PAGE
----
By Ahmed Tarek
By Ahmed Tarek
Rabat – Before the last general elections of October 7th, many observers of Moroccan politics were saying that the Makhzen (what some called the “deep state”) was not running the whole show anymore. This proved to be partly true when the results of the elections were announced and the Justice and Development Party (PJD) came out victorious.
The Islamists won the elections despite speculation that the Makzhen would interfere to guarantee a victory for the Party of Authenticity and Development (PAM). Yet, it seemed that the Makhzen was no longer willing to work with PJD leader Abdelilah Benkirane.
After being nominated by the King Mohammed VI to form a new government, Benkirane, the Secretary General of the PJD, was not able to do so for over five months. The National Rally of Independents (RNI) became the “black horse” during the lengthy negotiations to form the government, and despite coming in the fourth place during the last elections, the party had enough leverage to make sure the outcome of the government coalition would not match up the elections results.
Soon the RNI, which saw a swift change of its leadership after the elections when the wealthy Minister Aziz Akhenouch substituted to Salah Edine Mezouar as the party president, began to set seemingly unreasonable conditions in a move the Islamists saw as an attempt to twist Benkirane’s arm. First Aziz Akhenouch announced he would engage in negotiations with Benkirane representing both his party and the Constitutional Union (UC), which meant that Benkirane had to accept them both or they would not join his coalition.
Then, strangely enough, he also put a veto on the Party of Istiqlal (PI)’s joining the government in what members of the PJD, again, saw as a maneuver by the “deep state” to punish the PI’s leader, Hamid Chabat, for his support of Benkirane. The former’s controversial statements about “reclaiming” Mauritania as Moroccan terrority, which caused unnecessary tension between Morocco and its southern neighbor with whom it is already not on good terms, offered a golden opportunity to deprive Chabat and his party from joining the government.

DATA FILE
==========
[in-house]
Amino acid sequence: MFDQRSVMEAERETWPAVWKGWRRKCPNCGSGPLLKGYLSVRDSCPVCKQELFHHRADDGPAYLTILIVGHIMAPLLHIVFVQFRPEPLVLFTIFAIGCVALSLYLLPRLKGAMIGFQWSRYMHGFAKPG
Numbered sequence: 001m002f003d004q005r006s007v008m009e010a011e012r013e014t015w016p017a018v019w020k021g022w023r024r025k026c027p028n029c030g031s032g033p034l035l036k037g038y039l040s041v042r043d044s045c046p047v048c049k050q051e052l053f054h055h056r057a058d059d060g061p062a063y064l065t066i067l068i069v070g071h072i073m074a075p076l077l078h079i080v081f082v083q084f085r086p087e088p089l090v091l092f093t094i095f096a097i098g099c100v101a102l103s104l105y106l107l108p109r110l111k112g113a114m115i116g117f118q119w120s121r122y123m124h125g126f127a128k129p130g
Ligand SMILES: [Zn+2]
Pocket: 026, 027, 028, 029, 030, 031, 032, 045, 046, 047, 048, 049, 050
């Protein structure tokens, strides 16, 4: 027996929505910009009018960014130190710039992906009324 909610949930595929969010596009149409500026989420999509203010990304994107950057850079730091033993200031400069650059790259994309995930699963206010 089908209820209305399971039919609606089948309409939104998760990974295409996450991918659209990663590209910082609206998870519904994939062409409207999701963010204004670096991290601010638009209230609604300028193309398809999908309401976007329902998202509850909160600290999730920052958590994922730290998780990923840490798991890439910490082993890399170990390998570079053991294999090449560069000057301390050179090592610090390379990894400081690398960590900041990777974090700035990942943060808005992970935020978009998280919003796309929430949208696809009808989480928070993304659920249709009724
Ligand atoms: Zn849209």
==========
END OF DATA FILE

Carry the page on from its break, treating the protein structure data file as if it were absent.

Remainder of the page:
Still, that was not enough for Akhenouch, who put another condition to include the Socialist Union of Popular Forces (USFP) in the next government. The RNI, the UC, the USFP and the Party of Popular Movement (MP) united in one bloc and asked the appointed head of government to be all included in the government. Benkirane on the other hand suggested maintaining the former governmental coalition (composed of PJD, RNI, MP and the Party of Progress and Socialism (PPS), PJD’s strongest ally). His offer was a unanimous rejection the four parties. As a result, what the Moroccan press termed as governmental “blocage,” was doomed to last.
In the midst of such “blocage,” Benkirane saw only one exit: the King. He was hoping for a royal intervention in his favor, but instead he was dismissed by King Mohammed VI, and his predecessor as PJD leader, Saad Eddine Othmani, was appointed as the new head of government.
The decision sparked a debate on how constitutional this replacement was. What was even more debatable is the question: Who was the main target of the “blocage,” Abdelilah Benkirane, or his party?
The appointment of a more lenient head of government compared to Benkirane, who many have described as a “political beast”, means that the PJD will lose its grip on the next government that many say will certainly be co-headed by Aziz Akhenouch. When Othmani announced that 6 parties will his government (PJD, RNI, MP, PPS plus USFP & UC), many people started to question the reasons behind all this “drama” during the last 5 months, if the PJD would ultimately bow to the pressure. People started even questioning the meaning of elections and casting votes if the outcome is a government with six parties, all wanting their piece of the cake, and leaving no major or real opposition in parliament. Above all, what will a government of six parties look like, and how coherent can it really be?
Some also started wandering if the PJD, currently the major political party in the country, by the way it has begun accepting humiliating conditions set by its foes, made the first steps on a road to perdition, just like the USFP did over a decade ago. The latter will be the subject of our next piece.
The views and opinions expressed in this article are those of the author and do not represent any institution or entity.
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